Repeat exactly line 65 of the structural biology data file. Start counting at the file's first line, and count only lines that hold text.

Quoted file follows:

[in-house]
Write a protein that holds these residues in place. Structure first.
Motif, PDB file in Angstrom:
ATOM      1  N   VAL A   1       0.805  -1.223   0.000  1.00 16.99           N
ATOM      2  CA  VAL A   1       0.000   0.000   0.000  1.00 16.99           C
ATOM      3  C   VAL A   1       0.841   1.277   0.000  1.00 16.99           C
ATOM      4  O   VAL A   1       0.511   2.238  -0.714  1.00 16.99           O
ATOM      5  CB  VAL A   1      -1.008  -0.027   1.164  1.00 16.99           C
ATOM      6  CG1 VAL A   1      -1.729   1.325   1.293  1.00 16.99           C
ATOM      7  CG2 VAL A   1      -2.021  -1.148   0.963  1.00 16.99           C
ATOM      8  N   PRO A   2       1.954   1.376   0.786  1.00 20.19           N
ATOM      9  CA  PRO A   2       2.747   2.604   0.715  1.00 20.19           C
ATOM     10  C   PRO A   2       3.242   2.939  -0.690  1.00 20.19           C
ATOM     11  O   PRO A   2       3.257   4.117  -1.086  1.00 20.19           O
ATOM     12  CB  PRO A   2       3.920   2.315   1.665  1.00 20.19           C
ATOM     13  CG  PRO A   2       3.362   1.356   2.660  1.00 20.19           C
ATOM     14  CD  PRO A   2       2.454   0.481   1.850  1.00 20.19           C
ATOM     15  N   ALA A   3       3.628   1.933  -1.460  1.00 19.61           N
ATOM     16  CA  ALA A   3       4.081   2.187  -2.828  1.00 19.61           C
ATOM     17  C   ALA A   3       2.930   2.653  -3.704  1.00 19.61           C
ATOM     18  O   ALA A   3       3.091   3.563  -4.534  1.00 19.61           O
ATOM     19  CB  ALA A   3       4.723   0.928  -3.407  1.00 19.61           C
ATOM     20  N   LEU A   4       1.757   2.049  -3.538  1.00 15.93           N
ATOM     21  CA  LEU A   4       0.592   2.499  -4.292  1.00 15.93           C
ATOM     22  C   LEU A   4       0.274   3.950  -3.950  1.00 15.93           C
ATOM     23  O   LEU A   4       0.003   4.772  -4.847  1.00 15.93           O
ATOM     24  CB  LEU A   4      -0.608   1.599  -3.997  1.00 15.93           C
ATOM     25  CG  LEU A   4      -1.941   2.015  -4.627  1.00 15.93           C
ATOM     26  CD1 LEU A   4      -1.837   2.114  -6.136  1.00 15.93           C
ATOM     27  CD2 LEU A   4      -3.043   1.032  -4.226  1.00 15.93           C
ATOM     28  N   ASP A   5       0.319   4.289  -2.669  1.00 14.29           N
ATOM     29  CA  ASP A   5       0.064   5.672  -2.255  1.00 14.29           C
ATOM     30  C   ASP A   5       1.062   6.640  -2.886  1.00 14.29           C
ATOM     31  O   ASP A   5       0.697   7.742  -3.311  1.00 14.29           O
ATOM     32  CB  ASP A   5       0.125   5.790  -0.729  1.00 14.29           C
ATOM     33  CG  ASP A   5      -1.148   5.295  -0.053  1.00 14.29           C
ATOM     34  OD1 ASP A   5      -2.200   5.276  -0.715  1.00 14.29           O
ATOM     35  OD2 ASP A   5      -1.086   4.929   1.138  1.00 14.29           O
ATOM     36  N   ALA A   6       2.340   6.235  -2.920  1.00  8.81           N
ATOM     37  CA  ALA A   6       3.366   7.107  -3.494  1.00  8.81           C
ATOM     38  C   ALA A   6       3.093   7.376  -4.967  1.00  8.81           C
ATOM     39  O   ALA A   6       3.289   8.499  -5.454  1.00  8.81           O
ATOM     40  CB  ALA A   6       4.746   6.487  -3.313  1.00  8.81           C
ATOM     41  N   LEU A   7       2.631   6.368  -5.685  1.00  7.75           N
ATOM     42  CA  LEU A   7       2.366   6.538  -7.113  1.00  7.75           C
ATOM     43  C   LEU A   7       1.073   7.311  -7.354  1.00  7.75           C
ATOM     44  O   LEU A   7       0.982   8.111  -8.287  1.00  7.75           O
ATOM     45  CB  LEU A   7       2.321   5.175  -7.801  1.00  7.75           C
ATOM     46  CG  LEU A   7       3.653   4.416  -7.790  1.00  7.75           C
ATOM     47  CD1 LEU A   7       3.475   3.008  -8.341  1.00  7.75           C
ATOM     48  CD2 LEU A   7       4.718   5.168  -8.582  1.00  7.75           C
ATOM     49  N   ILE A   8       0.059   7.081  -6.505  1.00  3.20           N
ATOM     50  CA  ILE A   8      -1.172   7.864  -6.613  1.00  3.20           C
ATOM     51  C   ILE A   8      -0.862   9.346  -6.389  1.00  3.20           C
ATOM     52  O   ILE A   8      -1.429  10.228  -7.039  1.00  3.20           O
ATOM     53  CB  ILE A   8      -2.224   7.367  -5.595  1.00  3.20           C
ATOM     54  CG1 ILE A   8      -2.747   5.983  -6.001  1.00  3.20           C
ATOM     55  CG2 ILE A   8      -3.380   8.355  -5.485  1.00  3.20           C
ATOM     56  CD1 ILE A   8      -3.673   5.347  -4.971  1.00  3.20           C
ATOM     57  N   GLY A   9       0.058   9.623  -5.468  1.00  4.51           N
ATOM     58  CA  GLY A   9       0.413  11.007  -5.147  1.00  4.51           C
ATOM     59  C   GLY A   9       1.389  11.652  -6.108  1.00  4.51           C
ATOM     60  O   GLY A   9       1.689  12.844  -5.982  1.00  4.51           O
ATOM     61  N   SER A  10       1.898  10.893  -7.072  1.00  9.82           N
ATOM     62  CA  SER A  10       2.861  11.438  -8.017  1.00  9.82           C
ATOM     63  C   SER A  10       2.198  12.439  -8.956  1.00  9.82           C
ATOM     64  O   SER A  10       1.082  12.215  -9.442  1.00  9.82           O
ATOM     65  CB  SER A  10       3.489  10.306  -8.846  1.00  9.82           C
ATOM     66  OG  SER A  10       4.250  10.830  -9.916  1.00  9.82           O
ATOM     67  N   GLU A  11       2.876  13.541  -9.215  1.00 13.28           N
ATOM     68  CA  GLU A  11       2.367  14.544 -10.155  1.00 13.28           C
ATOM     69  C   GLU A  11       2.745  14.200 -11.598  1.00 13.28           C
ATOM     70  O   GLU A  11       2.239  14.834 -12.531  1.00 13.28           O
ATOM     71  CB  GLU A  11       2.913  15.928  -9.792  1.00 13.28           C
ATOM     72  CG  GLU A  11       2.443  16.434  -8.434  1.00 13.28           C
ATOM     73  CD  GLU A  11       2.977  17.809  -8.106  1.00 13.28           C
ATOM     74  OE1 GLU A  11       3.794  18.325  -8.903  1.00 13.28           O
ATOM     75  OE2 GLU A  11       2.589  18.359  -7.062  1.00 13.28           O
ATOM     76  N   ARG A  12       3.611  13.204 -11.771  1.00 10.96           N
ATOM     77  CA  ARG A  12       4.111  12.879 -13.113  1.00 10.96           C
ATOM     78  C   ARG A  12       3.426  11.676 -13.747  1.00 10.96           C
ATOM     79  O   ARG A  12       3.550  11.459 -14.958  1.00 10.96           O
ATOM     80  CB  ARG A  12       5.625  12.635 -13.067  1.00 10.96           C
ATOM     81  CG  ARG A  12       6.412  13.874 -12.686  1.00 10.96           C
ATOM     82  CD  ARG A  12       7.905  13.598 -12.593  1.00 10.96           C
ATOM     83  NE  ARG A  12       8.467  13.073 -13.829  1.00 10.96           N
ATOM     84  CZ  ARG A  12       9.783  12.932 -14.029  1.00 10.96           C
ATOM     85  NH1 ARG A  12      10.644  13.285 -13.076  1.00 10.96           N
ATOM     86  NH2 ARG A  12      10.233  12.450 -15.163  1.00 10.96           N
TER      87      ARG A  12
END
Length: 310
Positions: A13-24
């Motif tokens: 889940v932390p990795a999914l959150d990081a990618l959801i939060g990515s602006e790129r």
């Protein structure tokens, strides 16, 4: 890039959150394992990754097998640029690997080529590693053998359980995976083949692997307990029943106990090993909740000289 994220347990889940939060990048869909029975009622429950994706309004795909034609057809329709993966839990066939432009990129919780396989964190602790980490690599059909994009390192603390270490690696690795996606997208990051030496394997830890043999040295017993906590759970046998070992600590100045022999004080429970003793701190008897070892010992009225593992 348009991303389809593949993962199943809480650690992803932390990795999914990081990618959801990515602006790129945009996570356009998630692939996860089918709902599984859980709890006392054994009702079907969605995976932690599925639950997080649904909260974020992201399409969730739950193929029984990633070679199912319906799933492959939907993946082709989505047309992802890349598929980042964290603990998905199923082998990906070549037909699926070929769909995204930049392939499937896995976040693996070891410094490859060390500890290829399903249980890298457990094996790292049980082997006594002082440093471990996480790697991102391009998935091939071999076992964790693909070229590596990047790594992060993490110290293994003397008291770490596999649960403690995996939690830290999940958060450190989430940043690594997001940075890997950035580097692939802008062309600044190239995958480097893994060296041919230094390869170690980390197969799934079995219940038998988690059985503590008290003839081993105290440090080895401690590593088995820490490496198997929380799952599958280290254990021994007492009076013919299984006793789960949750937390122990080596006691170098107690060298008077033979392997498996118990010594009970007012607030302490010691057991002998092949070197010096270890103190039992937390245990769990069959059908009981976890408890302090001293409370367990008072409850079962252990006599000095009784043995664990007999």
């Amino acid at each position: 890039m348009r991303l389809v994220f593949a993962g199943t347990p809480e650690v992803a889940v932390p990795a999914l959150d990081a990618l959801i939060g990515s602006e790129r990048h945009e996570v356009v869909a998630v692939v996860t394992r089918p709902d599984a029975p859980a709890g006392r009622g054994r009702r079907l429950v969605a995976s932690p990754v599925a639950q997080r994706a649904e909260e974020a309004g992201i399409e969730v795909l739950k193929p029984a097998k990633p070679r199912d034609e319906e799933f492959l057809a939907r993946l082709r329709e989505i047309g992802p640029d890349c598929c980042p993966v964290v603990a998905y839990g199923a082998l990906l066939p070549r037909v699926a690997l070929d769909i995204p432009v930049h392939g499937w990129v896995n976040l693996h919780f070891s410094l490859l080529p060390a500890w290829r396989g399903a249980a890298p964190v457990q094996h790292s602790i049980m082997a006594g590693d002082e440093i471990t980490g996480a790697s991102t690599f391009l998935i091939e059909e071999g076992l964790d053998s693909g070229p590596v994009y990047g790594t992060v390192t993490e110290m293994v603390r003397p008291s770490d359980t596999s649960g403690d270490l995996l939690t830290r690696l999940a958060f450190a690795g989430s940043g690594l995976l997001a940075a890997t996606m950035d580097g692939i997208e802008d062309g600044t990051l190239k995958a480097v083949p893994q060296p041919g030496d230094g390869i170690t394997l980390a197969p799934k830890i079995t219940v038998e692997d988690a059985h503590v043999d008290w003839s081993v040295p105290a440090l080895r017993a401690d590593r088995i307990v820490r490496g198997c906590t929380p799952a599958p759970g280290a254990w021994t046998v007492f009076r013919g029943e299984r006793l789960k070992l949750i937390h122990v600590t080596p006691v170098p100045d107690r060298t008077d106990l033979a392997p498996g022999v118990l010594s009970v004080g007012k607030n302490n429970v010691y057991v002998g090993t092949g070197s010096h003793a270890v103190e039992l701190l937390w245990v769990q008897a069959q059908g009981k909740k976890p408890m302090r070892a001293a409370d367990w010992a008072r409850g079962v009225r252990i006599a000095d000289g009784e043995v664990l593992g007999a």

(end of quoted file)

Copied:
ATOM     62  CA  SER A  10       2.861  11.438  -8.017  1.00  9.82           C